There are different ways of knowing things. The kids who practiced tossing at various distances were learning an abstract, flexible, and generalizable approach to tossing a beanbag at a target. In contrast, the single-distance kids were learning a specific, contextual rule for tossing a beanbag in just one particular situation.
Now take that distinction between “abstract” and “specific” knowledge and go back to standardized tests. When kids are drilled by rote example in test-prep and “teaching to the test,” they’re likely learning test-specific knowledge. They’re becoming adept test-takers, full of hints and tricks and rules for answering questions even if they don’t “understand” them; they are like rule-applying automatons. Like the three-foot-only beanbag tossers, they’ve learned specific and inflexible skills, not generalizable and transferable knowledge.*
*This is similar to philosopher John Searle’s “Chinese Room” thought experiment. He talked about how a person given a large enough set of rules could respond to questions in a language they didn’t “understand” at all. An outside observer who sees nothing but the appropriate responses thinks they “get it,” because their responses are indistinguishable from a native speaker. Students who learn test-taking tricks may give a similar outward appearance of deeper understanding by applying specific rules.
This explanation suggests that with familiarity and instruction, test scores can become decoupled from the cognitive ability the test aims to measure. If educational interventions teach test-specific, inflexible knowledge—intentionally or not—then the tests will come to measure only rote memory and recall rather than a general cognitive ability. And that’s the rub: the benefit of the test—its predictive utility—almost certainly depends on the test measuring a general cognitive ability. What this study suggests is that increasing test-prep, when it means learning test-specific rules, will make the tests less and less useful over time. In fact, it’s entirely possible that single-minded focus on teaching to the test may cause tests to fall out of favor, as they increasingly become less useful as predictive tools, which represents a sort of Schrodinger’s-cat paradox: if we gave up on the tests and stopped prepping, they’d become useful again, at which point we’d probably start up with test prep and be back at square one.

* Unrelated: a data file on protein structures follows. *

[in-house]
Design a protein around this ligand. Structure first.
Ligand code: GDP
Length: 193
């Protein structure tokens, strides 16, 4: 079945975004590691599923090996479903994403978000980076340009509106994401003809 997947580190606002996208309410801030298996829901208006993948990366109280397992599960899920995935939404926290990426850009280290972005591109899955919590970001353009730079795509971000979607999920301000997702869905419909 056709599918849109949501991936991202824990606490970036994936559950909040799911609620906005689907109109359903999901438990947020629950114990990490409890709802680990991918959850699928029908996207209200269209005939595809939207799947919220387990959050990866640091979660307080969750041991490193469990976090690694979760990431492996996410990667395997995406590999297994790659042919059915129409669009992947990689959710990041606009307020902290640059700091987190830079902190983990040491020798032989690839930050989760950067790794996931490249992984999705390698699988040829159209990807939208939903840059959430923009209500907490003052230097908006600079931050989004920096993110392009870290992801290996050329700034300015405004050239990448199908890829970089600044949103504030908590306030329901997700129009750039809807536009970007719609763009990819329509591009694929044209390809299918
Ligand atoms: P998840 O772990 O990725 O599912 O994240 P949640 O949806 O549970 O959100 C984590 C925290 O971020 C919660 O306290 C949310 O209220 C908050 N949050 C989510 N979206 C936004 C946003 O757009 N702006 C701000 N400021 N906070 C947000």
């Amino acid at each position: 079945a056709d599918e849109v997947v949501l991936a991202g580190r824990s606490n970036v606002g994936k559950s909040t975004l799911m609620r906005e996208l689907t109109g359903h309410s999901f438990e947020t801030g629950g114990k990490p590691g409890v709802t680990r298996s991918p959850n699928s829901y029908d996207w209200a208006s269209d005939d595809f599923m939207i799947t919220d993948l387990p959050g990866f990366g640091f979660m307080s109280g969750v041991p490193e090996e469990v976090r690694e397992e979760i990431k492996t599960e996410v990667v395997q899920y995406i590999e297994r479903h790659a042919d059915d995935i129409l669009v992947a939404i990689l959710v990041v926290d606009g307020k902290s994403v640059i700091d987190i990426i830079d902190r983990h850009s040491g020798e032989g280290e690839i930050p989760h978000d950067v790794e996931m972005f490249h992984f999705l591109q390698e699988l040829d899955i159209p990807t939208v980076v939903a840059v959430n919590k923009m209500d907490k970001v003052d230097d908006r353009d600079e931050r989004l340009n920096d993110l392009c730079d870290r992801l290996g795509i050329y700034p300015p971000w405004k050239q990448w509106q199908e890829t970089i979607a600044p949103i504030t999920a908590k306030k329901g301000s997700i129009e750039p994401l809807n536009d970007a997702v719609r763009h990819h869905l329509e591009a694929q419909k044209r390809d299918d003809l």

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That metrics like standardized test scores can be deceptive isn’t reinventing the wheel. In The Trap, Curtis talks about how the Reagan/Thatcher/neoliberal obsession with metrics and quotas and numbers often fails because people end up fixing the numbers and not the “problem” the numbers are supposed to measure. Hospital wait times may once have been a good way to measure how quickly patients were treated, but they lost meaning when hospitals began using greeters to meet, but not treat, patients—thus reducing wait times with no tangible benefit. In most cases, people intentionally game the system, like the people employing the greeter to improve their scores or the politician who touts those “reduced wait times” to get elected. These interventions actually do improve test scores, which means that test-prep may be inadvertently gaming the system, raising scores but nothing else.